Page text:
I remember [national security official and later Secretary of State] Henry Kissinger, in the 1960s, saying: “Foreigners think that there’s an American foreign policy. But, in fact, there’s just the net result of all the interagency battles, and the result is a kind of byproduct of interagency rivalries.”
I think that’s true of the Afghan story. At each stage, there has been a battle between the White House, the State Department, the Pentagon, the CIA and the military. The battle has gone back and forth for 20 years, somewhat inconclusively, but the outcome was always going to be something like this.
Q: You said the Cold War isn’t over, but the players have changed. How do you see the U.S.-China rivalry? The year 2001 was when China joined the WTO, and the U.S. and China pledged cooperation in the war against terror, which is not imaginable in today’s environment.
A: When the battle over Huawei began, over 5G, I saw a map of the world, and it was a map of the world according to whether countries were allowing Huawei in or not, and I said to one of my young colleagues, “Oh, that’s the Cold War.”
So, I was a little slow, but I was in good company because most Americans, and I think most Europeans, were in denial about this, until the pandemic. And it was only last year that they suddenly began to see Xi Jinping’s China in its true character.
The first American to notice, was [former President Donald] Trump. Trump was the first American politician to say, “China is the problem.” As soon as he said that, it was like permission for Americans to be hostile to China. It was very important to his success in the election, because middle America had secretly felt for years that they were being screwed, economically.
But then, all the policy elite, both Democrats and Republicans, found that they agreed with Trump, and Trump, extraordinarily, created a huge shift in U.S. attitudes to China, and that was the point at which Americans began to come out of denial and to recognize that they were in “Cold War II.”
Q: “Cold war” means that the two superpowers don’t fight militarily. Do you anticipate this situation will continue for decades? What do you expect to be the chance of a military conflict between them?
A: It’s worth remembering that in “Cold War I,” within a very short space of time, there was a hot war, over Korea. So, I think there’s a significance chance that “Cold War II” has a hot phase, and the obvious place where that could happen is Taiwan. That could happen quite soon.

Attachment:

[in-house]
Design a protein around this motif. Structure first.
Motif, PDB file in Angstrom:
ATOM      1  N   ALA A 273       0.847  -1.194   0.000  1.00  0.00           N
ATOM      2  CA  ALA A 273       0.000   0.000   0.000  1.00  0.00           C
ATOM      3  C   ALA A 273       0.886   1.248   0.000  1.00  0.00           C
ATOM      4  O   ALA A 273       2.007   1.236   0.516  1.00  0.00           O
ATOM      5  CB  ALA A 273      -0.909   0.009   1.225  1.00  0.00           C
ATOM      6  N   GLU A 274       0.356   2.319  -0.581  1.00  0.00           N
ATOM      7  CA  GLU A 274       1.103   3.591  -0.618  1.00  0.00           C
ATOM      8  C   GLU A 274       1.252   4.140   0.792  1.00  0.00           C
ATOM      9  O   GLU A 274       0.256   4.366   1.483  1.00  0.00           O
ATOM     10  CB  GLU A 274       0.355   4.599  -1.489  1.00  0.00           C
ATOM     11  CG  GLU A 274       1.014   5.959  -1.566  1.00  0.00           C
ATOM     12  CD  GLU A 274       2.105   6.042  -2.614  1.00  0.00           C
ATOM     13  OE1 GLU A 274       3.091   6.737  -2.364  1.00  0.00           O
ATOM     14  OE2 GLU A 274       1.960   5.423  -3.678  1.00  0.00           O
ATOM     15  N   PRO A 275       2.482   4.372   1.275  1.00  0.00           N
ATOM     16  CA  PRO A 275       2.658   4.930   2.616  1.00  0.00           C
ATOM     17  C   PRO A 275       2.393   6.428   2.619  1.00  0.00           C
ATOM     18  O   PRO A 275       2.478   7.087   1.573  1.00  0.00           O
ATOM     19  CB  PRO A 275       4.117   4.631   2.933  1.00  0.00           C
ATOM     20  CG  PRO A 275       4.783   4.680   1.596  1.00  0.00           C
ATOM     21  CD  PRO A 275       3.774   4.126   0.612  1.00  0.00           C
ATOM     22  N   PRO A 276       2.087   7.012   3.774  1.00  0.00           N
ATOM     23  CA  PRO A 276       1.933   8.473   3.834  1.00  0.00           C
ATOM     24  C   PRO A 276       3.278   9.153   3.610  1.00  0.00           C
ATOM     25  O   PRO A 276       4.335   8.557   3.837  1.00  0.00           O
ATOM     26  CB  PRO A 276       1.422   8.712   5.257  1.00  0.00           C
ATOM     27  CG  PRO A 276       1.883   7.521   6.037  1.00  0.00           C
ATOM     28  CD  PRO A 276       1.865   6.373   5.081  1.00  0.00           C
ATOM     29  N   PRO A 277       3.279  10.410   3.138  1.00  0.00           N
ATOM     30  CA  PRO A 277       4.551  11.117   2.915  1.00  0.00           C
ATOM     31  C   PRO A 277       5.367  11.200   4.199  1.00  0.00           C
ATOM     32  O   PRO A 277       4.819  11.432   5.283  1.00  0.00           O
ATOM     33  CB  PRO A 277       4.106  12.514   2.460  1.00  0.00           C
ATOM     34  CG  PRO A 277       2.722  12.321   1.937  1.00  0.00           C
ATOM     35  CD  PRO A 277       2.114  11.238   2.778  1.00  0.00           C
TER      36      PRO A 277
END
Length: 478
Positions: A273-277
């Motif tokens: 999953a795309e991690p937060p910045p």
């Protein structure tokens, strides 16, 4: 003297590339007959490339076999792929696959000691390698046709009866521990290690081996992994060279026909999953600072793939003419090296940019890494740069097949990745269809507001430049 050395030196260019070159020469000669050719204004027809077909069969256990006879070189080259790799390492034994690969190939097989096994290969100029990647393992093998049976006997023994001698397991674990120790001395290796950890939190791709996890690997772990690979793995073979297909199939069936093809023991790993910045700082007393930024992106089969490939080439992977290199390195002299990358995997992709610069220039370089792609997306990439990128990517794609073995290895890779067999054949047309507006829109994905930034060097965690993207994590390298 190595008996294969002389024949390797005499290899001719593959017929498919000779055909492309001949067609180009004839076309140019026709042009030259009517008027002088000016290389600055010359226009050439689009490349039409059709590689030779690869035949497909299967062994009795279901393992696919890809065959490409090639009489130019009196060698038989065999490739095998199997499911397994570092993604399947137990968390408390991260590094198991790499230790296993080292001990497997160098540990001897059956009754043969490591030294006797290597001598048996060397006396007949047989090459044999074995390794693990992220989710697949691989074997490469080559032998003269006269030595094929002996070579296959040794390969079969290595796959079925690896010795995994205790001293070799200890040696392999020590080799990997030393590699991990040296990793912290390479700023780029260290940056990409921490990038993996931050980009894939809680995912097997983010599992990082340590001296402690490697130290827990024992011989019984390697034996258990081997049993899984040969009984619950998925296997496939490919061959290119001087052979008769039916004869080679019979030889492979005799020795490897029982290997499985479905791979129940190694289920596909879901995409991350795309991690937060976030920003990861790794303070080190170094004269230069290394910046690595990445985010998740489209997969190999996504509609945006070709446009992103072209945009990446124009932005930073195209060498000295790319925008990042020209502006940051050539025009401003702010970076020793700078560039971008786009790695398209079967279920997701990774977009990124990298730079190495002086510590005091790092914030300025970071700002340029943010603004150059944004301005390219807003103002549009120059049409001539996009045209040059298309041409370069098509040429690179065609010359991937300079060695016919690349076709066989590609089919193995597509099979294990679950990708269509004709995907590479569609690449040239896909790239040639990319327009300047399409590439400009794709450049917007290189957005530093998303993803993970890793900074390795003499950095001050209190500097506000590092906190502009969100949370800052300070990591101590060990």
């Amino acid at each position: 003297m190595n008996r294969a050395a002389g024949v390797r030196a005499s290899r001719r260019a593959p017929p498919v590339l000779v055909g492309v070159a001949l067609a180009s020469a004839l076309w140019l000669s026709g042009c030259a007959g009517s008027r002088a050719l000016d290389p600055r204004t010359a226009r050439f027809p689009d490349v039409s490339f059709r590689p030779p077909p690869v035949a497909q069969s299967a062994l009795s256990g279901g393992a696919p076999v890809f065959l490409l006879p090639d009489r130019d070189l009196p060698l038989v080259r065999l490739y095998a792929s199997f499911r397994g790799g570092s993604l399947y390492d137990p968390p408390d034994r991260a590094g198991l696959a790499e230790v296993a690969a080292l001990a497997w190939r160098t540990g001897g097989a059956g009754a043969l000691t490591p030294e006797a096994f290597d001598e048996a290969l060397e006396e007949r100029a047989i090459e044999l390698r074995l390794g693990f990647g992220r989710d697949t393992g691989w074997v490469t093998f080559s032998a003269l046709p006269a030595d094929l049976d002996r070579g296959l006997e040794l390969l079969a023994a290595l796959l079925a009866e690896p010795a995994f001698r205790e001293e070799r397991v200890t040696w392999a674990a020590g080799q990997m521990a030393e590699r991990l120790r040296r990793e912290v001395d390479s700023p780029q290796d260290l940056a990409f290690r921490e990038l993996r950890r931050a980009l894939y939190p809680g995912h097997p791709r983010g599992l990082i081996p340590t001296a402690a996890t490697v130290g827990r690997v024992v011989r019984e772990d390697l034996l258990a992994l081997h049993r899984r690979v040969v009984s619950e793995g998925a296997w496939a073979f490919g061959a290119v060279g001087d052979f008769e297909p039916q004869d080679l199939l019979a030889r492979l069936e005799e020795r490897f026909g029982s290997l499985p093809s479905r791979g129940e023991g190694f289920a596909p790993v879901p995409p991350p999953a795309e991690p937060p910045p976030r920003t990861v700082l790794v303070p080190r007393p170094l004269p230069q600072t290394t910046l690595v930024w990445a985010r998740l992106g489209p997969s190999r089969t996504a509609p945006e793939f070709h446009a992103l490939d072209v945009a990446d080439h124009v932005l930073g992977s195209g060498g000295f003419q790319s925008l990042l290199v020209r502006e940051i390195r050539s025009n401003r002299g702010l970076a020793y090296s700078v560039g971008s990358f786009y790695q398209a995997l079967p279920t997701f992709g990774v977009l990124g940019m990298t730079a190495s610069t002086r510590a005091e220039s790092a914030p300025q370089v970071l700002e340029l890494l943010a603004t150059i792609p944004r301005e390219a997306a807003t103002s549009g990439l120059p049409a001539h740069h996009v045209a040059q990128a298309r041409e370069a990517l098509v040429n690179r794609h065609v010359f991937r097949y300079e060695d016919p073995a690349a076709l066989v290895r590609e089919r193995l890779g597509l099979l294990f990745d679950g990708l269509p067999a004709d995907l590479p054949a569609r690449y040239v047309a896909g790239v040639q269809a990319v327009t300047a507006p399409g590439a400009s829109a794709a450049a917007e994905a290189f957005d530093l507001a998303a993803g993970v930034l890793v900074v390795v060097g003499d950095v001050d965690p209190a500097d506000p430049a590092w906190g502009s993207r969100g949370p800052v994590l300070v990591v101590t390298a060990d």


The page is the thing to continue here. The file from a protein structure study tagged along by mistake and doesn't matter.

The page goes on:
The question that we all have to try to answer is, “How willing is Xi Jinping to gamble on military action?” — knowing that to take on the United States is extremely risky, but also knowing that this is probably the best moment to do it that he’ll ever have, given that the U.S. does not have good, credible deterrence with respect to Taiwan.
Big wars usually happen when the aggressor thinks that time is not on its side and that it’s better to act sooner rather than wait. The Biden administration’s abandonment of Afghanistan is a kind of signal that they probably won’t fight over anything. If you were Xi Jinping, [you’d think] that as it happened over Crimea, the Biden administration, like the Obama administration before it, would just do financial sanctions and leave it to that.
So, if you’re prepared to take that hit, you’ll probably get away with your annexation. In this case, it’s actually not annexation because you, China, have said all along it really belongs to China and the U.S. basically accepted that, since the 1970s. So, I’m worried that the Chinese think they can do this now, that it’s better to do it now than 10 years from now, and the U.S. has kind of encouraged that, by the way the Biden administration has acted this year.
I don’t know what would happen. If, next year, there was a sudden invasion of Taiwan, what would they do? What would Jake Sullivan say to Joe Biden?
My sense is that, with the Biden administration, they might actually end up going to war, because the alternative would be to abandon predominance in the Indo-Pacific region. It would be like the Suez crisis if they didn’t defend Taiwan. So maybe the Chinese would be wrong. They would gamble that the U.S. wouldn’t act, then the U.S. would act, and then we’d have a really big war on our hands. To a historian, that would not be a surprising sequence of events; it would be a really familiar one.
Q: Let’s talk about the economy. In 2001, the talk was China’s entry into the WTO, globalization and free competition. Today, the topics are quite different. We hear more about inclusiveness, inequality and fair share. What happened?
A: I’m tempted to call it “Keynes’ revenge.” John Maynard Keynes had a period of retreat, and Milton Friedman had a period of ascendancy, and you could date that from around 1979. Monetarism became dominant, markets were preferred to the state, and what emerged as “the Washington consensus” was much more a Friedmanite view of the world.
Keynes’ revenge began in 2008, when, in the face of the financial crisis, a really large part of the economics profession, led by Paul Krugman, essentially said Keynes was right and we need to do Keynes now, or it will be the Great Depression. The U.S. Capitol in Washington. President Joe Biden’s “Build Back Better” agenda aims to create jobs and help working families, funded via tax reforms that will have the wealthiest and large corporations pay more. © Reuters
There was an extraordinary intellectual revival of Keynesian thinking that has continued to this day. And it’s, if anything, become more Keynesian than Keynes, because we’ve now ended up with ideas like Modern Monetary Theory that go beyond anything Keynes ever said.